Using a mouse to navigate a website is what a lot of users do on a regular basis. Being able to move between and click on different items is no problem when all you must do is hover over a link and click. But if you rely on assistive technology to navigate between pages or the content structure of a website, using a mouse isn’t an option. That’s why it’s important to make sure your website is built with accessibility compliance in mind.

Why HTML Lists are Important for Accessibility

For users that require assistive technologies, like screen readers, to navigate websites, lists provide an easy way to navigate between items, or to skip past groups of list items. Because marking up content as lists indicates to the assistive technology that a relationship exists between all the items, the technology can offer better navigation options for the user.

Trying to replicate the visual style of a list without the markup can cause issues with navigation. It’s important to understand how best to format the content for your website so it can be understood by everyone. That includes not only marking up lists, but also using the correct type of list.

What Are the Three Types of Lists in HTML?

The three types of list tags in HTML are:

  • Unordered list (UL)
  • Ordered list (OL)
  • Definition list (DL)

Depending on the context, there are appropriate times to use one over another.

Unordered Lists

Unordered lists are for items that don’t have a set order or sequence, meaning the items can be re-arranged without affecting the reader’s ability to understand the content. By default, it precedes each list item with a bullet point. The valid way of starting an unordered list in HTML is with an opening <ul> tag and the ending with a closing </ul> tag. Between the opening and closing tags, the list items can be inserted using the opening <li> tag and the closing </li> tag.

Example of an unordered list:


<li>List item</li>
<li>List item</li>
<li>List item</li>


Ordered Lists

For items that are listed in a meaningful sequence, the ordered list tag <ol> is appropriate to use. Examples of items that should appear in an ordered list are:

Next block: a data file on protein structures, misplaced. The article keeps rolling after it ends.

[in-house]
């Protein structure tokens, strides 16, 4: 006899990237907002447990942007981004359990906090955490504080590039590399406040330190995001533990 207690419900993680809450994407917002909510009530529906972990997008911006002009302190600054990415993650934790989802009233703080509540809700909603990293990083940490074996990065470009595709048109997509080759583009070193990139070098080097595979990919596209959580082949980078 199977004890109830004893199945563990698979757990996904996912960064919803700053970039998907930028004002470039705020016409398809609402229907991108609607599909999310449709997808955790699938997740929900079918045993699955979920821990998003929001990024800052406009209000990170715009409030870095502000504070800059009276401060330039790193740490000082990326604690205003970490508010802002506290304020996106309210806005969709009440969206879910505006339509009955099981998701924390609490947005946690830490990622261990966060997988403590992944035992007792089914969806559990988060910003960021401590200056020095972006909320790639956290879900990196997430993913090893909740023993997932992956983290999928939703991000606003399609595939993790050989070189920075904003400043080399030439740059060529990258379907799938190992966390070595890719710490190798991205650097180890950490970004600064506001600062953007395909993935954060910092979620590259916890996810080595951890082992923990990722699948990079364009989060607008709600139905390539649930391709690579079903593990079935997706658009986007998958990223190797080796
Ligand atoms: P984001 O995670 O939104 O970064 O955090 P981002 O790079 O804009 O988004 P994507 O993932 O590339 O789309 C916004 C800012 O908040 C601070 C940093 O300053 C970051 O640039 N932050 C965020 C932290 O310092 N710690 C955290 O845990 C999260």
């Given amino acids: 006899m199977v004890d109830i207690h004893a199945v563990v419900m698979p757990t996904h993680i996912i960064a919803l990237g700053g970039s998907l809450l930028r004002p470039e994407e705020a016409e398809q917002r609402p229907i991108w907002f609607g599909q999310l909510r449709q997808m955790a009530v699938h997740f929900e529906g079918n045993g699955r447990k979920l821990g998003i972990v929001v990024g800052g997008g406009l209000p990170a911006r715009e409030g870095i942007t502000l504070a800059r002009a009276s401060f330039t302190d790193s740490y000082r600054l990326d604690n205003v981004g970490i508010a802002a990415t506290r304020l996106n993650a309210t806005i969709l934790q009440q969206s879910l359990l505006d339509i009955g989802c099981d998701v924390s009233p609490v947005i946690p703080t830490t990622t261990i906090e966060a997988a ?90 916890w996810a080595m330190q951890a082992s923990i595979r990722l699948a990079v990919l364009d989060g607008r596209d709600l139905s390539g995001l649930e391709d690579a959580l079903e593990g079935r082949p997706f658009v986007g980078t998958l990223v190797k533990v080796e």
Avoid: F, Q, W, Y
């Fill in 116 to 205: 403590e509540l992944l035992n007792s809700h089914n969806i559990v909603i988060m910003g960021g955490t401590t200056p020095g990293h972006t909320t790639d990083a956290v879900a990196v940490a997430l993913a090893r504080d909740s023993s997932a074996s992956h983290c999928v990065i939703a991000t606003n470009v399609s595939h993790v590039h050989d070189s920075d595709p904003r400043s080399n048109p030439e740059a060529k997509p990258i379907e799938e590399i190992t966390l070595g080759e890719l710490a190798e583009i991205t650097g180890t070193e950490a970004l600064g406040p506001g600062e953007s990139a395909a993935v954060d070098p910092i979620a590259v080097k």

• Step by step guides where the sequence of actions is important.
  • Lists where the number of items is important.
  • When the list of items has a specific hierarchy.

Example of an ordered list:


<li>First list item</li>
<li>Second list item</li>
<li>Third list item</li>


The output of this list type is a numbered list by default. But with some HTML manipulation, it can be changed to uppercase or lowercase letters or roman numerals by including a “type” attribute in the opening <ol> tag.

  • Uppercase example: <ol type=”A”>
  • Lowercase example: <ol type=”a”>
  • Roman numeral example: <ol type=”i”>

Definition Lists

When creating a list that acts like a dictionary or glossary, a definition list is best to represent that type of relationship. This includes marking up the items of the word or phrase and marking up the meaning for those items separately. For the definition terms, use an opening <dt> and a closing </dt> tag. For the definition of those terms, use an opening <dd> and a closing </dd> tag.

Example of a definition list:


<dd>the quality of being able to be reached or entered</dd>


Determining When to Use a List

Just because lists are very accessible doesn’t mean they’re always the right answer. There are still times when separating items by commas or using full sentences helps the content read better.

Is Your Website Accessibility Compliant?

If you’re unsure about the accessibility compliance of your website, there’s no reason to wait for a legal notice to start making changes. Contact DiscoverTec today and we’ll give you a free accessibility consultation to help identify and remediate any accessibility issues your website might have.

Published on: December 04, 2023 by Ryan Brooks, Senior Web Marketer